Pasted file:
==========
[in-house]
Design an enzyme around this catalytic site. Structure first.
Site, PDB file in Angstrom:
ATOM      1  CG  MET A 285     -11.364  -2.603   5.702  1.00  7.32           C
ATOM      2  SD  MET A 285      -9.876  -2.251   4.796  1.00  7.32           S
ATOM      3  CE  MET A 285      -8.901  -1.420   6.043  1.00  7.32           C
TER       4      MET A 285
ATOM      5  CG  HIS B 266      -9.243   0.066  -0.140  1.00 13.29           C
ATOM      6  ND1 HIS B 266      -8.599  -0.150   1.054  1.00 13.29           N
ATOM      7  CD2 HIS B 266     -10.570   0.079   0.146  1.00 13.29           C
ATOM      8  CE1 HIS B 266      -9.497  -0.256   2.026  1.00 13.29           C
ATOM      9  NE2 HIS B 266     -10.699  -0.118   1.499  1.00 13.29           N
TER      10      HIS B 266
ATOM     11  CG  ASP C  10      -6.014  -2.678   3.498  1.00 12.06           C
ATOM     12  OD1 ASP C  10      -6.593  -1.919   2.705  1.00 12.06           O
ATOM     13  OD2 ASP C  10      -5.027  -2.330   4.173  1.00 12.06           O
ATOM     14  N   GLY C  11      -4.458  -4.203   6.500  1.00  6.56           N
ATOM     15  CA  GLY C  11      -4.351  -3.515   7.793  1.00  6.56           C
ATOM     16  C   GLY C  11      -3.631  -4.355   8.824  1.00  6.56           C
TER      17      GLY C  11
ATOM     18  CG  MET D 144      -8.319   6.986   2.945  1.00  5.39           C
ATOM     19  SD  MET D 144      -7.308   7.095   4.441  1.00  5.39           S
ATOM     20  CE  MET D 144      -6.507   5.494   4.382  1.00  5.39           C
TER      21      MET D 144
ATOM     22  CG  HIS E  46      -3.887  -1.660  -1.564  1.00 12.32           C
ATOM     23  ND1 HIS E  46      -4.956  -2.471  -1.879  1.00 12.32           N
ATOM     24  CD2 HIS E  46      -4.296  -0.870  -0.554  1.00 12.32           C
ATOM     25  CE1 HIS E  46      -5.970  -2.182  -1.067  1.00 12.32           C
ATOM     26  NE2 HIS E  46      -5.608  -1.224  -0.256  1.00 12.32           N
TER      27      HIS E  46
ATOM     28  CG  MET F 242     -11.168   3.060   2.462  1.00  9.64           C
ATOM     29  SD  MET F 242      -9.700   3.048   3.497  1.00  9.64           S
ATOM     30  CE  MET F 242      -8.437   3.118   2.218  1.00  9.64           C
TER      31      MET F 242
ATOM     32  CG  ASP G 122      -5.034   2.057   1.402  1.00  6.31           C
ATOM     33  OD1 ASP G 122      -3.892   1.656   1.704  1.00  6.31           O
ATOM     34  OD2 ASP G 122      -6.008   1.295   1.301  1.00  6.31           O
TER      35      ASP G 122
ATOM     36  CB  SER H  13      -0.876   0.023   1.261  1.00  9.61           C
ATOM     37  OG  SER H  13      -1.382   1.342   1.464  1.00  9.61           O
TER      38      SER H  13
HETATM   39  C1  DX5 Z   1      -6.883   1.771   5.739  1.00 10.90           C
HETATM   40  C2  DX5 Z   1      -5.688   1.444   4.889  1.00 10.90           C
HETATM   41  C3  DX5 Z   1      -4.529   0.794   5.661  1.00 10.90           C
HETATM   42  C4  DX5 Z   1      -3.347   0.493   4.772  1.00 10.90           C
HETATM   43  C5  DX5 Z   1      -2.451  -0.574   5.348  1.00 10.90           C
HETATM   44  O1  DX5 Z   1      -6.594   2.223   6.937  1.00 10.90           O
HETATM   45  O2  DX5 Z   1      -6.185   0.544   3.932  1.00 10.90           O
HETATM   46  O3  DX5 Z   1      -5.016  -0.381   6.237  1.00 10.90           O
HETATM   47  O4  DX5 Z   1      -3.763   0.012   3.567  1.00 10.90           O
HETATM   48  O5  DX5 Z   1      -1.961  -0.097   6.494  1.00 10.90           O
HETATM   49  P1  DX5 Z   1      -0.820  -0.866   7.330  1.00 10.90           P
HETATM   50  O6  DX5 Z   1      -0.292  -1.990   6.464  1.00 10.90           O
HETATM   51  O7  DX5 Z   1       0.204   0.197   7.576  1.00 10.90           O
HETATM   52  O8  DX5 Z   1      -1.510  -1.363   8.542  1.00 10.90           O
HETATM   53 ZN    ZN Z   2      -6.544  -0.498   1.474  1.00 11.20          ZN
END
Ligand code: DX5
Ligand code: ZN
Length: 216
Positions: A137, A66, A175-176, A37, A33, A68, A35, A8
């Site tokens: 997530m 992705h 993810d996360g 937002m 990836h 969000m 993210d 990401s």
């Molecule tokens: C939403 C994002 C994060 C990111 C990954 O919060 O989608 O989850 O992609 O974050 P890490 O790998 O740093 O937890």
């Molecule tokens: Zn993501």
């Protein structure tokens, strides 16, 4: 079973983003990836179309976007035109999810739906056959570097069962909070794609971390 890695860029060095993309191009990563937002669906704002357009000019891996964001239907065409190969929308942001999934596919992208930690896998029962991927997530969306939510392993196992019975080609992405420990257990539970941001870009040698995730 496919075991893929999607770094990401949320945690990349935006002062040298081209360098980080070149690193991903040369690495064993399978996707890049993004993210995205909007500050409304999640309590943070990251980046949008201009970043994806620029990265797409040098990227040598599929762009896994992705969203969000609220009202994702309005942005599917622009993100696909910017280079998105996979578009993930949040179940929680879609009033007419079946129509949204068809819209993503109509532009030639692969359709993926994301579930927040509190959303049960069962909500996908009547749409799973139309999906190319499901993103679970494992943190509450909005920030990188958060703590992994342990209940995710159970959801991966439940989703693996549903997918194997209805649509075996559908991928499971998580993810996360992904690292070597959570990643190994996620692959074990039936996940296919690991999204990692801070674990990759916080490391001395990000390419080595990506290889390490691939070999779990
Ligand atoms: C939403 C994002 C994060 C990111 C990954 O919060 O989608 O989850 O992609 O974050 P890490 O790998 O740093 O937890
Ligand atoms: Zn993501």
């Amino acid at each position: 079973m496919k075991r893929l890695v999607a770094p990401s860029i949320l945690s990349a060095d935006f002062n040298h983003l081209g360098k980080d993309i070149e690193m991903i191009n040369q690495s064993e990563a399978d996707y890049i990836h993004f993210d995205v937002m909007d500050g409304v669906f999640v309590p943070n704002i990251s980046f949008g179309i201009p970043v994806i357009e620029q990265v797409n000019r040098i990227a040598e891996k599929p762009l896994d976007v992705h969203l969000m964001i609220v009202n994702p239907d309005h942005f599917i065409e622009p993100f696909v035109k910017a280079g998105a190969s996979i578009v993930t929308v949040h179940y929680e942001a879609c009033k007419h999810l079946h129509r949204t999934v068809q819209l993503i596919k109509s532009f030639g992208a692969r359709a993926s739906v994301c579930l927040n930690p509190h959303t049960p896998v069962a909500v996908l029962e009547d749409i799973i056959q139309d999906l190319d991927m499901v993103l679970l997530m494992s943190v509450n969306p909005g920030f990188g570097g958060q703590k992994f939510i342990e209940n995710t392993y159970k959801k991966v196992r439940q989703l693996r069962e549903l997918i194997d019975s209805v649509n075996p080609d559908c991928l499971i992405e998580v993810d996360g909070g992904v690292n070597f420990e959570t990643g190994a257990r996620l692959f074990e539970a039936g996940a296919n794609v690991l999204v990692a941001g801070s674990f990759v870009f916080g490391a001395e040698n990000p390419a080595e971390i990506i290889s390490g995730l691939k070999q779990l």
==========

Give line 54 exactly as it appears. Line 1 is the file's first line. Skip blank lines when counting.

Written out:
HETATM   51  O7  DX5 Z   1       0.204   0.197   7.576  1.00 10.90           O